Looking at the weather forecast on Wednesday night didn’t instil much excitement because there would be so little wind that it looked as if we might have a repeat of last week’s single lap Race…but woe to me of little faith, when the volunteers started to rig and launch the Boats at 8am on Thursday morning, there was a  steady breeze blowing from the NNE. Fortunately these conditions remained until after the Race finished so the eight WS Racers who came down to Chipstead Lake race, were rewarded with an acceptable albeit challenging wind.

There were a  lot of boats just about on the start line as the final Gong sounded and ….unfortunately those who expected a flyer at the starboard end of the line were hampered  by a non-racing dinghy sailing right across their bows…nevertheless, as the pictures below show, the fleet was closely bunched together with groups split, both port and starboard, as they tacked away from the Start Line upwind towards Mark D. Fay Watson and her crew James Thomas got a very good start at the end of the Start LIne in her Access 303 Sail # 9 but  she had to tack first to avoid sailing into shallow water and possibly running aground. Meanwhile Peter Gregory in his 2.4m, the Red Torpedo, Sail #148 started higher up the Line,  covering Fay, and with his ability to point closer to the wind, he gradually pulled out a small lead by sailing longer than Fay on his initial port tack. Eventually he tacked onto a starboard tack and this forced Martin Newman in his Martin # 126 to tack (And  perhaps tacking later than he should have since Peter Gregory  was forced to change course to avoid a collision! Ed).  Peter Wagner in his 2.4m Sail # 108  had also had an excellent start and was keeping close to the leaders . Mike Blatchford in his 2.4m Sail # 109 was somewhat off the initial pace (A change in strategy from sailing his normal Pink Lady Liberty . Was this due to the light winds? Ed)  but was  soon able to get to grips with his new mount and started to close in on the front runners.

In the light wind Peter G managed to coax the Red Torpedo up to and around the windward Mark D and across the wind to the second buoy of the course Mark J before Martin  had rounded Mark D and well before Peter Wagner and Mike Blatchford  in their 2.4ms.  And as can be seen from these pictures, Peter G was able to start building his lead as he sailed downwind to the third buoy of the course Mark B, waving goodbye to the fighting 2.4ms and Fay’s 303.

The Red Torpedo continued to pull out a substantial lead on the water – 2 minutes at the end of his first lap – over Martin in his Martin who was 1 minute ahead of Mike Blatchford who was 1 minute ahead of Peter Wagner who was 5 1/2 minutes ahead of Fay Watson in her double-handed 303. And by the end of the second lap, whilst Peter G had increased his lead to 4 1/2 minutes over second placed Peter Wagner who had closed up to Mike Blatchford and pipped him across the line by 11 seconds and Peter was just 10 seconds behind Martin Newman.  So an exciting third (and likely final lap given the wind conditions – Ed)  was in prospect when suddenly Peter Wagner’s 2.4m started sailing around in circles and Peter was waving for all he was worth to attract the stand-by boat’s attention. All whilst Mike Blatchford and Martin Newman were escaping from Peter’s clutches. OH DEARY ME…said the bipartisan spectator watching from the shore , “The showdown had stopped even before it started”. (A  precedented catastrophic failure within Peter’s 2.4m meant that he had lost his ability to steer and hence had to retire – many apologies Peter from the management (probably). But Peter’s woe was not at an end….since he was then rammed by the Venture  which had just set out from the pontoon…and  then the Venture helm – presumably in shock at what he had done –  grabbed the 2.4m’s painter and started  sailing off with Peter trailing behind….until rescued by the  stand-by rib… at last!!! – Ed)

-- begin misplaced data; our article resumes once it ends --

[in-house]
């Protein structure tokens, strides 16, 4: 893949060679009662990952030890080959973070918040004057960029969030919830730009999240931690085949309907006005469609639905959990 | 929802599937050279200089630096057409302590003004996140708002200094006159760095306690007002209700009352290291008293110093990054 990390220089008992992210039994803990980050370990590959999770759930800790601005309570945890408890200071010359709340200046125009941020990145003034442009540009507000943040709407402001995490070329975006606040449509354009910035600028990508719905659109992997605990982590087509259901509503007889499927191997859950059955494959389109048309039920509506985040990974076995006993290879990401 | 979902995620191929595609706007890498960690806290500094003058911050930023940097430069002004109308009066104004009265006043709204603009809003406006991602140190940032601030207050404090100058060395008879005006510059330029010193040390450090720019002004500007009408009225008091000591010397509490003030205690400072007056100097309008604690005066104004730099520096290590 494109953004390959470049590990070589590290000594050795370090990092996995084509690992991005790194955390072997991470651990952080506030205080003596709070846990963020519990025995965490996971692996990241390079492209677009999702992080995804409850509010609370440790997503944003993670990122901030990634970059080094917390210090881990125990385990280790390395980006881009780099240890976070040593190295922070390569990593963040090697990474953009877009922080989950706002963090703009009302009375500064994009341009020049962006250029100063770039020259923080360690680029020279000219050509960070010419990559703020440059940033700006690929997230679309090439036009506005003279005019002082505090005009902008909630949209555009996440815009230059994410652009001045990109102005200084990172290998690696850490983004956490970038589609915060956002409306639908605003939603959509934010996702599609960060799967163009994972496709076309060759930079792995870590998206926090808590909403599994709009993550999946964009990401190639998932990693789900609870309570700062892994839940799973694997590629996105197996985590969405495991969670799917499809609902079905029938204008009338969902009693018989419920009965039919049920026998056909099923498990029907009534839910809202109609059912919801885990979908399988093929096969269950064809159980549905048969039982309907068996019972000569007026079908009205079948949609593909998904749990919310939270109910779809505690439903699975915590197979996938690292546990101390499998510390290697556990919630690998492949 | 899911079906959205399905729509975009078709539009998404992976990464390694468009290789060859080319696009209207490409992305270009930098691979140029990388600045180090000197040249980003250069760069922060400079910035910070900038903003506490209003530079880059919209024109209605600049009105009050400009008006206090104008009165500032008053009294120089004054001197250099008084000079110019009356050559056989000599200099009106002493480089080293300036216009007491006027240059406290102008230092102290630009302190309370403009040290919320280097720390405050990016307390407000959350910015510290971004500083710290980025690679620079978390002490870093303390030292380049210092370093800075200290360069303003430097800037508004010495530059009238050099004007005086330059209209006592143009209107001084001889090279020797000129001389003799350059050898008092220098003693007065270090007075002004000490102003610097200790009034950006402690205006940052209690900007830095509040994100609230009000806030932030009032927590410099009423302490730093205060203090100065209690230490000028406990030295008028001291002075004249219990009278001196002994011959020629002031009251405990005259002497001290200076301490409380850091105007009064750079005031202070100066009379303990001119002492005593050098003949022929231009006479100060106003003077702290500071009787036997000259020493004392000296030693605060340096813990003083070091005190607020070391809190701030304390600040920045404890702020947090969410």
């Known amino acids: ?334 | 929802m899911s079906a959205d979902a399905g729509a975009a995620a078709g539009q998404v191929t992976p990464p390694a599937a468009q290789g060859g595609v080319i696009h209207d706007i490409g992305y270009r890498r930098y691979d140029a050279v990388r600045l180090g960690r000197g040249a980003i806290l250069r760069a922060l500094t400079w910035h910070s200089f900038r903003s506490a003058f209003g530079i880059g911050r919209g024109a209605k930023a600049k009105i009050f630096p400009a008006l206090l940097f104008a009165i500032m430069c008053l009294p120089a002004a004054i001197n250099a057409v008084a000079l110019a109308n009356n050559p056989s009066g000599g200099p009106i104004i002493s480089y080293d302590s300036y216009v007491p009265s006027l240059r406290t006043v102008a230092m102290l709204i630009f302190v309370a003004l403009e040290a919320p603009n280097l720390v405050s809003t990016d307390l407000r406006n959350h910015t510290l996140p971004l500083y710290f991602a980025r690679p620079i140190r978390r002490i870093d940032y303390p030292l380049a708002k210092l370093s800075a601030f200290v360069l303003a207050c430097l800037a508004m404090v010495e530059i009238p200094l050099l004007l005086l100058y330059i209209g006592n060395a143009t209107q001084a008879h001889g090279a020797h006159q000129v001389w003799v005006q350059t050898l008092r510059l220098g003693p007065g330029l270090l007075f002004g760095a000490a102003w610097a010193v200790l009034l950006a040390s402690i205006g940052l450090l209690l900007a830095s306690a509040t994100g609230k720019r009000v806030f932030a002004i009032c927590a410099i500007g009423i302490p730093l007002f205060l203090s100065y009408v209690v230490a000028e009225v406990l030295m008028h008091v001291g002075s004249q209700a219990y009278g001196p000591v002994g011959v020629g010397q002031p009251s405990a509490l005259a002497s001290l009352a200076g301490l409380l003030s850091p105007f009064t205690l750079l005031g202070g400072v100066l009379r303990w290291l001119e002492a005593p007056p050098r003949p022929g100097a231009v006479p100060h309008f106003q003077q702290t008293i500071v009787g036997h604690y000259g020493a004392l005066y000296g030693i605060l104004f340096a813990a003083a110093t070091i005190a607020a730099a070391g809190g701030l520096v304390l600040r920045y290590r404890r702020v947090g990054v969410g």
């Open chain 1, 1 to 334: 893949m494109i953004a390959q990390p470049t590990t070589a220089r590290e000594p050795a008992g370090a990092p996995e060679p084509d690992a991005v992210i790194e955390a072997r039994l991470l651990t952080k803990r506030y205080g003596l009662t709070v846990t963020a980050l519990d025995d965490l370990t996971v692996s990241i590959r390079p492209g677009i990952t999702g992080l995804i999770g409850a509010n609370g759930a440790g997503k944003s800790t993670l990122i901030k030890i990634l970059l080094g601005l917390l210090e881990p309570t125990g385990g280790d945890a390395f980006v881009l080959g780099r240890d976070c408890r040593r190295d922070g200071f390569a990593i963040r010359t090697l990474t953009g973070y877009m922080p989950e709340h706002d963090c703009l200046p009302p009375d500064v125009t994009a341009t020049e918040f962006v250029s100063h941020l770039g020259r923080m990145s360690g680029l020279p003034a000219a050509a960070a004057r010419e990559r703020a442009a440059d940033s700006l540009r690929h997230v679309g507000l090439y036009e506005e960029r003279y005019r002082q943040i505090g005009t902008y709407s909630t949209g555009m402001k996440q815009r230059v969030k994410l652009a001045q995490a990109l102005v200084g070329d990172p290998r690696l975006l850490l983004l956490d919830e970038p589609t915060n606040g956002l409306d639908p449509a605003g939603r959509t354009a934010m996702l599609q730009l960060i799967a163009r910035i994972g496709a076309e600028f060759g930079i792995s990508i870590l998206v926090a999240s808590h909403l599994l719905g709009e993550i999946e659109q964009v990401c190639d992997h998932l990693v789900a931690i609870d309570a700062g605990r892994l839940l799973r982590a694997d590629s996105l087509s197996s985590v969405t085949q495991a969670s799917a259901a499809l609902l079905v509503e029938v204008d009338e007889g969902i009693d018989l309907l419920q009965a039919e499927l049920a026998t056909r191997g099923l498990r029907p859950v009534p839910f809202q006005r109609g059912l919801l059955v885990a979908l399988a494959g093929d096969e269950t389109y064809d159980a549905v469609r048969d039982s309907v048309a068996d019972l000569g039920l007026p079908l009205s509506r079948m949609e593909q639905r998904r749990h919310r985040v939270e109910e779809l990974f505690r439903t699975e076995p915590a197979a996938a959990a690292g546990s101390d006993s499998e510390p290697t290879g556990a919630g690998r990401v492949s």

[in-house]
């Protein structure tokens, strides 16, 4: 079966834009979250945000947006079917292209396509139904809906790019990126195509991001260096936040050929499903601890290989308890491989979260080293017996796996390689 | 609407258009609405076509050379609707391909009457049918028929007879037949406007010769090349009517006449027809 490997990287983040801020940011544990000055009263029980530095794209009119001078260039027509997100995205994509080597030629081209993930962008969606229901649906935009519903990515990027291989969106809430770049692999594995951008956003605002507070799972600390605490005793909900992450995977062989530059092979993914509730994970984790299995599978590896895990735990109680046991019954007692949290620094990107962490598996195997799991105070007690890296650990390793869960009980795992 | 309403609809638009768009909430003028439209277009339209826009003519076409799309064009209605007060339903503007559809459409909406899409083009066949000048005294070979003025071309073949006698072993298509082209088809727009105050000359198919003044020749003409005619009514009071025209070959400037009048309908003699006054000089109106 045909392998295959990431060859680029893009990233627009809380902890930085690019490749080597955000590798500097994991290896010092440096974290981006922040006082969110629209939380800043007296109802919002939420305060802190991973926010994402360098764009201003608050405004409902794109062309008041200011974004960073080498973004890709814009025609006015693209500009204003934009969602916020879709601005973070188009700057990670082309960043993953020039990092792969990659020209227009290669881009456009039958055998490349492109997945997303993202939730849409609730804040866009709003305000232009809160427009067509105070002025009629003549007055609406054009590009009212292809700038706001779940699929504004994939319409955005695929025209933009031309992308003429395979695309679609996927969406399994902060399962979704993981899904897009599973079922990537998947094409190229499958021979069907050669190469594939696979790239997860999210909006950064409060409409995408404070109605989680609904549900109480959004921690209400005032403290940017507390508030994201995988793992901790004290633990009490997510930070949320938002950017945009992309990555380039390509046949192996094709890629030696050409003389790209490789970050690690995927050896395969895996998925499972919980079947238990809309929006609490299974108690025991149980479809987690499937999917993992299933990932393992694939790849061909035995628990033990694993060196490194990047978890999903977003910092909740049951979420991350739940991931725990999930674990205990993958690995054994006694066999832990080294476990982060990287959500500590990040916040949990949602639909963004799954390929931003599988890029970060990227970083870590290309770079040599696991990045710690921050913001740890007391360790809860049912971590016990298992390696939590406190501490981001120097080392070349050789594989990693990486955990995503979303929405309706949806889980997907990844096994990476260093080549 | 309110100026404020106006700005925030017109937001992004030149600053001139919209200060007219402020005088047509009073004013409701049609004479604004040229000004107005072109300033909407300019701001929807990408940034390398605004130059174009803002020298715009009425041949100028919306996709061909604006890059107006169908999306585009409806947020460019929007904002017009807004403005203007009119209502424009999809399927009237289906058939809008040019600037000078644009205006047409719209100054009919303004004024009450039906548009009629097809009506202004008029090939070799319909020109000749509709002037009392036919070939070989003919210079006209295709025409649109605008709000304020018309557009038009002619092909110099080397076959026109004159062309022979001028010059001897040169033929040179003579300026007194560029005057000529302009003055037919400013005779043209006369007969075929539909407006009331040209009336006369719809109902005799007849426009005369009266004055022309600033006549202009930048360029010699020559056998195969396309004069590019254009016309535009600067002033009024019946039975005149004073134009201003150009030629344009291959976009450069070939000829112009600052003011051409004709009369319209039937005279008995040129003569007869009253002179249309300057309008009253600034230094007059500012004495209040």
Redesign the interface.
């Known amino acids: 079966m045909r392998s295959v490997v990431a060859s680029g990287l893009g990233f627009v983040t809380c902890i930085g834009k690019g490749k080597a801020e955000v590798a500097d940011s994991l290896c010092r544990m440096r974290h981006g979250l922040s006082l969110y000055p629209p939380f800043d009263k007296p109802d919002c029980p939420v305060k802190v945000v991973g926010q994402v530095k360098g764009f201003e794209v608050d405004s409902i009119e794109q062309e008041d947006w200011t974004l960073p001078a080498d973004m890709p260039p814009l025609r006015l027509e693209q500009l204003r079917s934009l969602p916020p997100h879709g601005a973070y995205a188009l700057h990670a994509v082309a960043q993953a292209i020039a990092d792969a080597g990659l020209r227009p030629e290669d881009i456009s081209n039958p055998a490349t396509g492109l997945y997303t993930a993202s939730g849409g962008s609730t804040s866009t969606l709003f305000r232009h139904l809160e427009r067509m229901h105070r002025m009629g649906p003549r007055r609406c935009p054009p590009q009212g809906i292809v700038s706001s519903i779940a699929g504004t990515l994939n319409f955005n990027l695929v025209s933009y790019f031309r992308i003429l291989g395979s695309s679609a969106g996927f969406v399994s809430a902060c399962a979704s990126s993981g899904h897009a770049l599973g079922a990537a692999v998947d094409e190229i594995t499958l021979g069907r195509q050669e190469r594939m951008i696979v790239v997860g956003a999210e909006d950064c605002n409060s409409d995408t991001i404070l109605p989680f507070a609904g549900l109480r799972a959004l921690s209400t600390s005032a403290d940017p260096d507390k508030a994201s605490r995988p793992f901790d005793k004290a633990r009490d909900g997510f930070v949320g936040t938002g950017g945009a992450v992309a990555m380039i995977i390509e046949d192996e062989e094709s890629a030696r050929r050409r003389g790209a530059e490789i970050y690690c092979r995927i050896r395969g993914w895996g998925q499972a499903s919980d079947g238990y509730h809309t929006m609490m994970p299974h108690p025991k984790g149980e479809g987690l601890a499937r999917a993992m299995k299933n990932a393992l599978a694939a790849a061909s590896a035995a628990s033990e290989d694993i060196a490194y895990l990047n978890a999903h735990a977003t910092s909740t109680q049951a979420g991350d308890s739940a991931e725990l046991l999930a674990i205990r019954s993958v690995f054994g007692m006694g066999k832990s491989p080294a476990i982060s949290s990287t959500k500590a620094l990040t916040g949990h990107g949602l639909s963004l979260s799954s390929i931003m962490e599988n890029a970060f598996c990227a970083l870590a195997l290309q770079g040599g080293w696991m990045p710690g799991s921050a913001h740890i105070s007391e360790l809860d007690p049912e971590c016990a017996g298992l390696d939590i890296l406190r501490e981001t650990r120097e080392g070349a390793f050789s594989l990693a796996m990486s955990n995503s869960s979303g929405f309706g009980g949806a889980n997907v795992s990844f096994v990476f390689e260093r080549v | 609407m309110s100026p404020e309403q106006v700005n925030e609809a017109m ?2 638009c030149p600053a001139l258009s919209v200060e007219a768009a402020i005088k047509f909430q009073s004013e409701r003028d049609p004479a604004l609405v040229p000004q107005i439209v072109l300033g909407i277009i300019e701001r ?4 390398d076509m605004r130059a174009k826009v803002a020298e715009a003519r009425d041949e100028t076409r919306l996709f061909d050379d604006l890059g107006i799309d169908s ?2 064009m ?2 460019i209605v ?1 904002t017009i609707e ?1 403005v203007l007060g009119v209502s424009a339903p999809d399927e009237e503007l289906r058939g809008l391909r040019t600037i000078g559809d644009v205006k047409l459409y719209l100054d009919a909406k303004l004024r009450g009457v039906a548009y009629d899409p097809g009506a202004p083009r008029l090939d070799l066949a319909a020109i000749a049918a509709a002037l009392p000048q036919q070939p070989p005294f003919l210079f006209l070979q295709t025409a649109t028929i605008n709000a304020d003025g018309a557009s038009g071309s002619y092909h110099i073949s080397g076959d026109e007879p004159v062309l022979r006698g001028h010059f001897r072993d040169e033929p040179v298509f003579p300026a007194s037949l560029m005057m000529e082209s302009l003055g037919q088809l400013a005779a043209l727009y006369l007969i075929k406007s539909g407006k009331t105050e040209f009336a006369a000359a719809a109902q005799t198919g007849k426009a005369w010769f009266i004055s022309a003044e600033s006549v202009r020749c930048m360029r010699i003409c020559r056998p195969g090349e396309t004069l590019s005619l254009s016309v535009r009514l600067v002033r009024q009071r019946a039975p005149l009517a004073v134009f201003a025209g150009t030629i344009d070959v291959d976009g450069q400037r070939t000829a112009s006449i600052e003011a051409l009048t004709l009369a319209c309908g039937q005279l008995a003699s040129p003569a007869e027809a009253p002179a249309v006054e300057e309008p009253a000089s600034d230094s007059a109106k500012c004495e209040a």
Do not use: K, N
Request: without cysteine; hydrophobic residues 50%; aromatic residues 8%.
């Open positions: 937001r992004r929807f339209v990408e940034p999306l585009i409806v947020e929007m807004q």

One reason why the Red Torpedo goes so fast was spotted by a covertly placed camera!! If you look carefully at the photo here you can see how the mast is adjusted to lean forward at quite an angle thereby allowing both the main and jib to grab more air coming from behind! (Amazing the cunning some folk get up to as they seek every extra nano-second of speed. Ed.) 

After all this excitement and with the wind slackening the fleet sailed on its final lap of the race and – as always – even though Peter G was first by a margin on the water he could get no higher than 2nd once his PY handicap had been applied by the clever software we use to calculate the final results, which are shown below.

(After the race at the lunch table, a rumour was circulating that a saw mark had been found on Peter Wagner’s foot-pedal! BUT our roving reporter thought he had heard that it was just down to Peter having a sore toe!  We will probably never know. Ed)


1. Martin Newman (Martin)
2. Peter Gregory (2.4m)
3. Mike Blatchford (2.4m)
4. Fay Watson/James Thomas (303D)
5.Keith Eeles (Liberty)
6. Steve Farmer (303S)

Two retirements: Peter Wagner (2.4m due to mechanical failure) and John Hancock (303D)

3 comments on “WS RACING – SPRING SERIES 11 – JULY 12TH

  • What is this I read…Mr Wagner peddling an idea about an extra PY class for no foot-pedal?? He’ll want something extra for no jib-boom or no bung or no seat or for every other catastrophe that has befallen him during his love affair with the 2.4m dinghy Sail #108!! Some just folk want everything – starting with a fully functioning boat….oh well, I’ll have a word with the Trustees (but please do not hold your breath). Keep going Peter!!

  • Haha… not exactly what I was inferring to. I meant with DNF, is there a classification for NFP or NS (No Steering) instead of DNF? I think the problem was that the wood rotted near to the hinge, so as I put some pressure on it, it gave away.

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